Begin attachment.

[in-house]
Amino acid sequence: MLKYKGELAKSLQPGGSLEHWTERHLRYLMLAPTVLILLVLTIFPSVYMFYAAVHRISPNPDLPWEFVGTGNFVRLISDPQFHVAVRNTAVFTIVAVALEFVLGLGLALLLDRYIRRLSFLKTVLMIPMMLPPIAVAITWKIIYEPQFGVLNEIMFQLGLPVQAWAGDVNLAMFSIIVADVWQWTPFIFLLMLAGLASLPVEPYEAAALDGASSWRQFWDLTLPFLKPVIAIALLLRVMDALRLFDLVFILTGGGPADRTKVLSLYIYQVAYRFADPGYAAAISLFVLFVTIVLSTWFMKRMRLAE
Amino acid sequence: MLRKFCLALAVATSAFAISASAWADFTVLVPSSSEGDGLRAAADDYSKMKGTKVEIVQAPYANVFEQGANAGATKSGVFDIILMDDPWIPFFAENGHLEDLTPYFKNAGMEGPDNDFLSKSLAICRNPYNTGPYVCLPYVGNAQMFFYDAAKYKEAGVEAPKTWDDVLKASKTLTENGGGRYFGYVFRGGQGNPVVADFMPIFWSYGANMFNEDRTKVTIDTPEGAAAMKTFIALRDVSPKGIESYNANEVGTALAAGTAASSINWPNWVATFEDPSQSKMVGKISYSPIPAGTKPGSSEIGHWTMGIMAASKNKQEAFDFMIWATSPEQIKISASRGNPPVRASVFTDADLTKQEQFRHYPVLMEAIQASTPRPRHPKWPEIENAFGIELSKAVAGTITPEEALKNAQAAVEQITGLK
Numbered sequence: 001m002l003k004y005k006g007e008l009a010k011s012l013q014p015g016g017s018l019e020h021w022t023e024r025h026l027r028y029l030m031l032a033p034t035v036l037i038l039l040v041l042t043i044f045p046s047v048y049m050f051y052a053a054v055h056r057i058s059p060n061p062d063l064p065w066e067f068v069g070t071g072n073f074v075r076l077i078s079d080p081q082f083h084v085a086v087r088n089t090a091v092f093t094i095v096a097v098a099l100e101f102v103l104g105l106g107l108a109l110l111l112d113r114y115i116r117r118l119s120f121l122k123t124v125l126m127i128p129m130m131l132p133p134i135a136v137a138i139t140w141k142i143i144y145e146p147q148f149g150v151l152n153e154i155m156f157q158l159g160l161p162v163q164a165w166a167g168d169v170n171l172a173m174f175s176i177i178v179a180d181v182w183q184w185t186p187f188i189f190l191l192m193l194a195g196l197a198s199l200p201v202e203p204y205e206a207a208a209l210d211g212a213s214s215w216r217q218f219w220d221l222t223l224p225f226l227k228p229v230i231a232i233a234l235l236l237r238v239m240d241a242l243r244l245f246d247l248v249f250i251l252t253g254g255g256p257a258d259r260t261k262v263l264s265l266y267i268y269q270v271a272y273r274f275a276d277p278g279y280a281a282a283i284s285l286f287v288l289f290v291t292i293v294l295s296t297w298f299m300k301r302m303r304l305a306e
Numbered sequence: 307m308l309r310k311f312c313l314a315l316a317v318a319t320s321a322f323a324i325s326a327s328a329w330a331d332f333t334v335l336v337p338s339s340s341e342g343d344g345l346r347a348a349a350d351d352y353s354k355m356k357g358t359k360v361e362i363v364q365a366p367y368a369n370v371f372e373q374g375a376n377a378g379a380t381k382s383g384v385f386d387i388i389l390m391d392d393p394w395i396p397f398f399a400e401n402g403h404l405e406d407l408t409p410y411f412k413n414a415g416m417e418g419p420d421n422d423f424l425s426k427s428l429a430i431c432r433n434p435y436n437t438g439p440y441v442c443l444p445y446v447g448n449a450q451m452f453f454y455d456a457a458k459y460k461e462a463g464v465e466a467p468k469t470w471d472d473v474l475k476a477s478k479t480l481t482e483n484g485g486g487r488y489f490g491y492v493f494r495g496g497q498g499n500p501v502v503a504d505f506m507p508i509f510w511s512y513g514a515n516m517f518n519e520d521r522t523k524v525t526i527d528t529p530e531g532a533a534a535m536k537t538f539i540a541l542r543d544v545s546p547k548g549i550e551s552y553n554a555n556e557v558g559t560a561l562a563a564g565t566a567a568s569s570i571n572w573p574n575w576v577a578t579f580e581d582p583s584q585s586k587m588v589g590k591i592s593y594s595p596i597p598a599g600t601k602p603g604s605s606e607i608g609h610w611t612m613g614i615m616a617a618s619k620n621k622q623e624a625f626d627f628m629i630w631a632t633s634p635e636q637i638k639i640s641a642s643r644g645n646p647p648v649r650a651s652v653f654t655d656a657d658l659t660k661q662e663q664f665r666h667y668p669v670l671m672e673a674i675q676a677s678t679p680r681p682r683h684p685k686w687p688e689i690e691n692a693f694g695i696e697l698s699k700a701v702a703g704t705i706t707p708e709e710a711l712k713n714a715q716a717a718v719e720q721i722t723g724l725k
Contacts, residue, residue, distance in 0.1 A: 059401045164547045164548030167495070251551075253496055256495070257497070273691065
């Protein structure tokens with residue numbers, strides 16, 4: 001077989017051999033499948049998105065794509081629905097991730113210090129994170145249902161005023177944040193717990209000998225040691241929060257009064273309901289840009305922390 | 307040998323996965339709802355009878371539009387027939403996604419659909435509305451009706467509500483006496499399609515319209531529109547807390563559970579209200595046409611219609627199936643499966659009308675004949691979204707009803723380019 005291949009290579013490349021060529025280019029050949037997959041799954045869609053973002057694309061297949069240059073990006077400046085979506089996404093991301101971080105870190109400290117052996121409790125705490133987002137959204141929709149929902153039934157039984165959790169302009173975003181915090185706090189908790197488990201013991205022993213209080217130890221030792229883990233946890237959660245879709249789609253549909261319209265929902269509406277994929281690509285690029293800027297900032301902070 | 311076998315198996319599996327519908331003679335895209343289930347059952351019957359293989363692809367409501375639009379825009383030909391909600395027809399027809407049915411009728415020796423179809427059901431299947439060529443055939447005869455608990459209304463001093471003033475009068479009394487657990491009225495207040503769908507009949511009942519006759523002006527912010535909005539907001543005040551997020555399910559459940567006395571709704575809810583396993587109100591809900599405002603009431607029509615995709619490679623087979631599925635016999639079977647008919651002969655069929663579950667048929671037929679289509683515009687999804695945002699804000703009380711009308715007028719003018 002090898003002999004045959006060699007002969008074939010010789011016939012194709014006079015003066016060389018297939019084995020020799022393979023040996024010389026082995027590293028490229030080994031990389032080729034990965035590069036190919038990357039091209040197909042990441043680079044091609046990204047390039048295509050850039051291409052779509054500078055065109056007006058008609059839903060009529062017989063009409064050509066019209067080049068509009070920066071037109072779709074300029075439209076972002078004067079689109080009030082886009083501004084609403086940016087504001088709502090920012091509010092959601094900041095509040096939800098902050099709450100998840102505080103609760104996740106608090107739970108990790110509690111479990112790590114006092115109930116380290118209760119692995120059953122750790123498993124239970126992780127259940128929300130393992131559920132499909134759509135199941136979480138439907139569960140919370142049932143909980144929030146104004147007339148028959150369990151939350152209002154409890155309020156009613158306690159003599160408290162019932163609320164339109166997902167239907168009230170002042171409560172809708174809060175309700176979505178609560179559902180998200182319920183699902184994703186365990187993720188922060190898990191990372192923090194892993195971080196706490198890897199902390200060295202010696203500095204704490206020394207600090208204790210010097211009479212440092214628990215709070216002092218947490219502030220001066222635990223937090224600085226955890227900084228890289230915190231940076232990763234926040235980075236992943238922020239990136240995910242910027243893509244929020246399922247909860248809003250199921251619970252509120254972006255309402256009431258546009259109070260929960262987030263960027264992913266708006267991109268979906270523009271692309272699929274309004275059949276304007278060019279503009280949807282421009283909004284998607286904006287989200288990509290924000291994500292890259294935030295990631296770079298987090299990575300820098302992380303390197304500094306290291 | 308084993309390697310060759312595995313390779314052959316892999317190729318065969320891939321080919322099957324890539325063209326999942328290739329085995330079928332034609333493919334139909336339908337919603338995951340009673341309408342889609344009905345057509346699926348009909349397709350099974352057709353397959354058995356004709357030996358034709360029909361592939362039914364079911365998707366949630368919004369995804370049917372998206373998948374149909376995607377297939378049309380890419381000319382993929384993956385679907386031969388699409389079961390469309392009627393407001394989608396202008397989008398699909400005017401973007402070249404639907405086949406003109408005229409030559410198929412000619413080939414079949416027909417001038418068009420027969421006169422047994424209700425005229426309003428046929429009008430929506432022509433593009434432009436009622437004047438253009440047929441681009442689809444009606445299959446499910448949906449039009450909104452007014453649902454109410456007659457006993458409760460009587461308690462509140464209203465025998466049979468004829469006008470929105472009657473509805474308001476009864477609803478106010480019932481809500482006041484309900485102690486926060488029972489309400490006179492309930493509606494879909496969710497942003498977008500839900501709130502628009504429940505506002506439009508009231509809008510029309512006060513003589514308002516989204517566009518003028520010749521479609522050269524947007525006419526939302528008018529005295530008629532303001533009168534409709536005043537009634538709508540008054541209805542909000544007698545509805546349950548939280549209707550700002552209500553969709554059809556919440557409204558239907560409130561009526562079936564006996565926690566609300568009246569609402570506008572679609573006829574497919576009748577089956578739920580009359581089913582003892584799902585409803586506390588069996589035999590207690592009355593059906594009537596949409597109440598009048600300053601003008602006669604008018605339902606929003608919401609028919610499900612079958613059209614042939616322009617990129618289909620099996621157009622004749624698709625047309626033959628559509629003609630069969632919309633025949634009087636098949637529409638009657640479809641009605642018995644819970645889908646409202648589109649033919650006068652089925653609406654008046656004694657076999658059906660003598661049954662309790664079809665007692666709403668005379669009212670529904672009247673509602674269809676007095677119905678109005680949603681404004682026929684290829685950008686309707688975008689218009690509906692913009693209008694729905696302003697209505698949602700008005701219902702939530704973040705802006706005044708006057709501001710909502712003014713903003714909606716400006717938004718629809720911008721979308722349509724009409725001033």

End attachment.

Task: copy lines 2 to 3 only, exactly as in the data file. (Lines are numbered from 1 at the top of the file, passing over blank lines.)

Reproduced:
Amino acid sequence: MLKYKGELAKSLQPGGSLEHWTERHLRYLMLAPTVLILLVLTIFPSVYMFYAAVHRISPNPDLPWEFVGTGNFVRLISDPQFHVAVRNTAVFTIVAVALEFVLGLGLALLLDRYIRRLSFLKTVLMIPMMLPPIAVAITWKIIYEPQFGVLNEIMFQLGLPVQAWAGDVNLAMFSIIVADVWQWTPFIFLLMLAGLASLPVEPYEAAALDGASSWRQFWDLTLPFLKPVIAIALLLRVMDALRLFDLVFILTGGGPADRTKVLSLYIYQVAYRFADPGYAAAISLFVLFVTIVLSTWFMKRMRLAE
Amino acid sequence: MLRKFCLALAVATSAFAISASAWADFTVLVPSSSEGDGLRAAADDYSKMKGTKVEIVQAPYANVFEQGANAGATKSGVFDIILMDDPWIPFFAENGHLEDLTPYFKNAGMEGPDNDFLSKSLAICRNPYNTGPYVCLPYVGNAQMFFYDAAKYKEAGVEAPKTWDDVLKASKTLTENGGGRYFGYVFRGGQGNPVVADFMPIFWSYGANMFNEDRTKVTIDTPEGAAAMKTFIALRDVSPKGIESYNANEVGTALAAGTAASSINWPNWVATFEDPSQSKMVGKISYSPIPAGTKPGSSEIGHWTMGIMAASKNKQEAFDFMIWATSPEQIKISASRGNPPVRASVFTDADLTKQEQFRHYPVLMEAIQASTPRPRHPKWPEIENAFGIELSKAVAGTITPEEALKNAQAAVEQITGLK